ALTOONA, Pa. (WTAJ) — In this episode of Science with Shields, Christy Shields shows you how capillary action works by making a water rainbow.
What you need:
- 7 short glasses
- Food coloring
- Paper Towels
First sit your seven glasses in a row. You will want to fill the 1st, 3rd, 5th, and 7th glass with water about ¾ of the way full. Basically, it should be that every other glass has water in it. Next, you want to put red food coloring in the 1st and 7th glasses. About 6 drops a glass should work. The 3rd glass fill with 6 drops of yellow and the 5th glass will get 6 drops of blue food coloring. Then, take paper towels and use the ones that give you a half size. If you do not have paper towels that can become half size, just cut the full size in half. Fold the paper towels long ways, or like a hot-dog. You’ll want to fold it again. Now, stick one end of the paper towel in the 1st glass and the other end in the 2nd. Take another folded paper towel sticking and end in the 2nd glass and the other end in the 3rd glass. Continue doing this until you reach the 7th glass. Observe how the water already starts to travel up the paper towel. Now, let your glasses sit for a few hours 2-4 hours should do the trick, and check back on them! Look how it created a rainbow and the glasses that were empty, now have water in them with secondary colors!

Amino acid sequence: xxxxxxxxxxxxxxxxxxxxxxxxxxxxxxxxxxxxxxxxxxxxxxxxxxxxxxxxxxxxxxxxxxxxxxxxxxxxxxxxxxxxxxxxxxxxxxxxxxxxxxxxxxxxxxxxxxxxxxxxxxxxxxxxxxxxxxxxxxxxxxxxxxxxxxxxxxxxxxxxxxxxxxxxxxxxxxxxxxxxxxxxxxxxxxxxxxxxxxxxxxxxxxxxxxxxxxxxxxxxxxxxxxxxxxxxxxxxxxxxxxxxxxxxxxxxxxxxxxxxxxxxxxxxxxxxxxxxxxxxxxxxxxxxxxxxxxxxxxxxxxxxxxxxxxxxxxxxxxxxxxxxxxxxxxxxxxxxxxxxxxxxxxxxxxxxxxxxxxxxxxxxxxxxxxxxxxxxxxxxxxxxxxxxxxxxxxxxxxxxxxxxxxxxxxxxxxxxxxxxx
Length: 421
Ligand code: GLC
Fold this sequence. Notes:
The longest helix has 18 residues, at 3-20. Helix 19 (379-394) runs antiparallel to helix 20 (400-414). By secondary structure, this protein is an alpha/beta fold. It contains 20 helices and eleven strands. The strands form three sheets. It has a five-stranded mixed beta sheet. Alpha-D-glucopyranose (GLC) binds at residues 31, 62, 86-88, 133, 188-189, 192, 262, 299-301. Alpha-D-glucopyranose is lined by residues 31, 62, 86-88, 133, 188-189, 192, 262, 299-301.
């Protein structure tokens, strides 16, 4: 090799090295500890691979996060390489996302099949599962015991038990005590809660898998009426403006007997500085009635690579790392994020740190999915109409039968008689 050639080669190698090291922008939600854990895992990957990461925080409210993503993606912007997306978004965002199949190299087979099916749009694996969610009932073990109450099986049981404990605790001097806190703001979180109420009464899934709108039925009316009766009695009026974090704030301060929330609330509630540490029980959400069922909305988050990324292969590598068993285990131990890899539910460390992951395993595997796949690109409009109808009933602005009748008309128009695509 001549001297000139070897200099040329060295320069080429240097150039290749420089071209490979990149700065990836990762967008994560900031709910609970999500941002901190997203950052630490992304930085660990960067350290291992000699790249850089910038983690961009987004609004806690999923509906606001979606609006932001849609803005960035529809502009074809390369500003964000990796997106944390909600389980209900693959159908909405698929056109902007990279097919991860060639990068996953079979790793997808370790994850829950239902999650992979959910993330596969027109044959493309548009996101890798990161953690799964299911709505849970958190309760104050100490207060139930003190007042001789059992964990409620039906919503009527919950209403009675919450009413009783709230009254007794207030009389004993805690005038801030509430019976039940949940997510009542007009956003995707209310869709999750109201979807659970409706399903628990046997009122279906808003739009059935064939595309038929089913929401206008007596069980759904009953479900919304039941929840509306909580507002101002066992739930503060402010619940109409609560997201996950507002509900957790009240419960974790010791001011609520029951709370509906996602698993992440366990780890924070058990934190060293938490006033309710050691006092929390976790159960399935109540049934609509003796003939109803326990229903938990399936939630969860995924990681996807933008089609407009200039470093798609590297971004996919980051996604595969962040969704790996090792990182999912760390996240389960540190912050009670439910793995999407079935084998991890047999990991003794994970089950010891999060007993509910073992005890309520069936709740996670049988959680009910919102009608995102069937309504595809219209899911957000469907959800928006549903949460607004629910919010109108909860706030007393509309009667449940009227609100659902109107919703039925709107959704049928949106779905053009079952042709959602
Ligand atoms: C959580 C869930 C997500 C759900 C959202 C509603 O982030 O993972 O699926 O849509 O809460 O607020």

This experiment works thanks to capillary motion. Capillary motion or capillary action is the ability of a liquid to flow in narrow spaces without assistance. Water is fantastic at making capillary motion work because it has cohesive and adhesive properties. A cohesive property is when the same particles are attracted to each other. For example, water molecules are attracted to other water molecules. Water also has adhesive properties. An adhesive property is when different materials are attracted to each other. For example, water is “sticky” and likes to be adhesive to the molecules in a paper towel. Paper towels have capillary pores that water can move into. Water’s adhesive properties are strong enough that it can overcome its cohesive properties and also gravity to fill the pores in the paper towel and move upwards. This is how capillary action is created! Not only did we learn about capillary motion, we also learned how primary colors can make secondary colors when mixed together. Remember we only put in red, yellow, and blue food coloring into the cups. By the end, the empty glasses filled with orange, green and purple. That is because when you mix red and yellow, you get orange. When yellow and blue is mixed, it creates green. Then when you mix blue and red, it creates purple! Send us your rainbows if you try this experiment!
Check out more Science with Shields episodes on WTAJ Plus.